UW students protest retroactive tuition increase

Students gathered near the Diane Porter library Tuesday afternoon (Photo by Justin Smirlies).

Students gathered near the Diane Porter library Tuesday afternoon (Photo by Justin Smirlies).

Around 50 students gathered on the University of Waterloo campus Tuesday afternoon to protest the university’s administration’s decision to retroactively increase fees for spring-term undergraduate and graduate students.

The decision was made on June 4 after the deadline for students to receive the 100 per cent refund and when the spring term began in May. In addition, tuition fees for the spring term were due on April 29.

“The thing is we have no idea where [the fee] is going,” said Sophie Cote, a fourth-year arts student at UW who was participating in the protest. “In the e-mail that they sent us there was absolutely no explanation.”

The university board of governors was slated to meet on April 2 to discuss their budget, but since the Ontario government changed the tuition framework earlier this year– in which fee increases are now capped at three per cent – UW moved the meeting to June 4 to alter the budget under that framework.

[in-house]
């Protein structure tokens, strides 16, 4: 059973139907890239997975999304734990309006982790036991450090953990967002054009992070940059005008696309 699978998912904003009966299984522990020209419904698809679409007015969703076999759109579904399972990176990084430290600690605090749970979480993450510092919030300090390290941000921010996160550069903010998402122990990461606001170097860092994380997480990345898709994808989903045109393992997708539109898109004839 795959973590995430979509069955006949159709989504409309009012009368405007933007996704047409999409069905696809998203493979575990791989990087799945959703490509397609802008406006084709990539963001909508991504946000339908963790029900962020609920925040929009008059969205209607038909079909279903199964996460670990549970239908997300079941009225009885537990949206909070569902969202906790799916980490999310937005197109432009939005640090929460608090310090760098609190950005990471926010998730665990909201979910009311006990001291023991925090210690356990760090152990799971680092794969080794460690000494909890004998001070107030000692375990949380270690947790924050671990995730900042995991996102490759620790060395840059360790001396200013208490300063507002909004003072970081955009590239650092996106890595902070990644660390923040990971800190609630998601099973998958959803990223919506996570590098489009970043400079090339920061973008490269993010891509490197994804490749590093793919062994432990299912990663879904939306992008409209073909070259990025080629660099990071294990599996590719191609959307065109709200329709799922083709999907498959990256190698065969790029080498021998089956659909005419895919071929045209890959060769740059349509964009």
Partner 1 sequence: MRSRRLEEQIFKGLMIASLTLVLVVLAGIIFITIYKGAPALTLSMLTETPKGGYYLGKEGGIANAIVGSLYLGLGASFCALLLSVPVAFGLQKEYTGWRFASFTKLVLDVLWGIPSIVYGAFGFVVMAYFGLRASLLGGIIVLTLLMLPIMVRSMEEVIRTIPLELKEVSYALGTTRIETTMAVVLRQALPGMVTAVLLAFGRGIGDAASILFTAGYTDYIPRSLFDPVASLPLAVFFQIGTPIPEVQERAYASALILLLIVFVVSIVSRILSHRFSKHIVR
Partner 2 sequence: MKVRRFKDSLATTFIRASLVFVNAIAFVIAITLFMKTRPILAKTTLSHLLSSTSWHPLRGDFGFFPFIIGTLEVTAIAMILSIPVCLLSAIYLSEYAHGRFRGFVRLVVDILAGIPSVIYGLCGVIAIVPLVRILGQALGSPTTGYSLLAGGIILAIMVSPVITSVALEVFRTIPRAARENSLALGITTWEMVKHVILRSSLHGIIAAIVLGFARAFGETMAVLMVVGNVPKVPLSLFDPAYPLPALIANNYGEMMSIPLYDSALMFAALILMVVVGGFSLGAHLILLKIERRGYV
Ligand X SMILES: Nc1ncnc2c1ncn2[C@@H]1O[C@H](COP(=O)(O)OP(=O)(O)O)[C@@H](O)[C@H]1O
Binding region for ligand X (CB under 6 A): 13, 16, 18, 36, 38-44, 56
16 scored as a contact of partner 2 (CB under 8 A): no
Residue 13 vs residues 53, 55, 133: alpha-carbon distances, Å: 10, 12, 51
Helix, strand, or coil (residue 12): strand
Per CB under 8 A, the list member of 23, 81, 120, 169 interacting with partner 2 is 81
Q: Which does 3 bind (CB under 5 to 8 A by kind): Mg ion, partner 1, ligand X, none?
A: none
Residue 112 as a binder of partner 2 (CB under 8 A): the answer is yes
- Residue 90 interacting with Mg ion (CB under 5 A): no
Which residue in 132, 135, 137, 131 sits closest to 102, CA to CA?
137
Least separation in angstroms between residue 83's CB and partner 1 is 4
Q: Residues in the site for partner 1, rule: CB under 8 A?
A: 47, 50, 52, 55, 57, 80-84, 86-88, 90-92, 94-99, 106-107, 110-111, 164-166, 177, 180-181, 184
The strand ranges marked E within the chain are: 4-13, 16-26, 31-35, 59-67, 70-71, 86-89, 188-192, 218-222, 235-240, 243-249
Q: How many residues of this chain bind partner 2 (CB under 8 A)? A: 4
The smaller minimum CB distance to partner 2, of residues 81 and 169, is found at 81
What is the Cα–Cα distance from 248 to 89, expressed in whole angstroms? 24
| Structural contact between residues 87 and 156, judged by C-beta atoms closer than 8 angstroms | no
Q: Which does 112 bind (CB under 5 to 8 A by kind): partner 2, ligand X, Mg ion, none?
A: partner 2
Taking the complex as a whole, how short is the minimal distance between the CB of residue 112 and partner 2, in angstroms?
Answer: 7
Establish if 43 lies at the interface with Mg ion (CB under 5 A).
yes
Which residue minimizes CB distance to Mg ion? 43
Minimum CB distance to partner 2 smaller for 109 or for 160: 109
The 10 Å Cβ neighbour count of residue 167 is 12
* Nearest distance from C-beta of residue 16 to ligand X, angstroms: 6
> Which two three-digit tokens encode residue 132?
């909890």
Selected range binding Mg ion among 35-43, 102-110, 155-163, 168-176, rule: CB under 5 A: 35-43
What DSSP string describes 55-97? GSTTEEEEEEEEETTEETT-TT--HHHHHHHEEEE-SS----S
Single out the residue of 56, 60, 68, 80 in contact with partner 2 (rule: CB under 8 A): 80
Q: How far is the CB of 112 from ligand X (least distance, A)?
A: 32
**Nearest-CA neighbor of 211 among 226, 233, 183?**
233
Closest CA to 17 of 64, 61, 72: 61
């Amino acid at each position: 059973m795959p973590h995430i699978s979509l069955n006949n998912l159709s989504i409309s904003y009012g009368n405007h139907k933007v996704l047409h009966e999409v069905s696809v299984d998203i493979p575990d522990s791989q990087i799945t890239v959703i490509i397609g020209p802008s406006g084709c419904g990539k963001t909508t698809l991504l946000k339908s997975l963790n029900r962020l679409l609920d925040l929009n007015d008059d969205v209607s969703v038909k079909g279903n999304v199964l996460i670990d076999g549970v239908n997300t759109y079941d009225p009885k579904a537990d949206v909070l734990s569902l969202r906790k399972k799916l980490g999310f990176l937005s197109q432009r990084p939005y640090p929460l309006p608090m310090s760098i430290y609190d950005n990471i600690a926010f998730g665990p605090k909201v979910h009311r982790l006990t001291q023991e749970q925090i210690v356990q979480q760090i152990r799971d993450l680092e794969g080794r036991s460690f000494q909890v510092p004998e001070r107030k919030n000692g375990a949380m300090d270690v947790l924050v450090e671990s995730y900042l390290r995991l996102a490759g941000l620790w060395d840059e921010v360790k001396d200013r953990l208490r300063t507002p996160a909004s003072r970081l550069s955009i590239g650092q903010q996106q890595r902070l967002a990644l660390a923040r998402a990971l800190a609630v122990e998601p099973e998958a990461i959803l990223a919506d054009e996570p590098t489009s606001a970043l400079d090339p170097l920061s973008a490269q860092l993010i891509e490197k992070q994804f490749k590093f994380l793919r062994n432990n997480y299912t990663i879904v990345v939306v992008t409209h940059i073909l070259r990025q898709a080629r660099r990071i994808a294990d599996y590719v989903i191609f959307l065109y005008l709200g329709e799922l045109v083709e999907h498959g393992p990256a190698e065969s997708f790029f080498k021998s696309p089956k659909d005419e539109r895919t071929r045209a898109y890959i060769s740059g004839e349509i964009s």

“I organized this protest because the University of Waterloo has retroactively raised fees for spring-term students. The university did not do due diligence in informing students about the increases,” explained Elana Hashman, a third-year mathematics and computer science student who organized the protest on June 11.

“The university did not post any estimates of how much tuition increase,” she added. “Because the university decided to raise the fees after the 100 per cent refund deadline, students have no bargaining power. We have no choice, we either pay the fee or withdraw from classes.”

The students held up signs, sported red squares similar to those from the Quebec student protests in 2012 and asked people walking by to sign a petition. UW campus police monitored the protest from a distance.

The date of the protest coincides with one of UW’s convocation ceremonies as well.

According to Hashman, the goal of the protest is to start a discussion with the university administration – which she noted hasn’t occurred yet – and for the fees to be reversed.

“I have sent out a very detailed e-mail about why I’m the upset about what happened to the administration, but I have not yet received a response,” continued Hashman.

Cote added, “[We want to] start a momentum, get the conversation going.”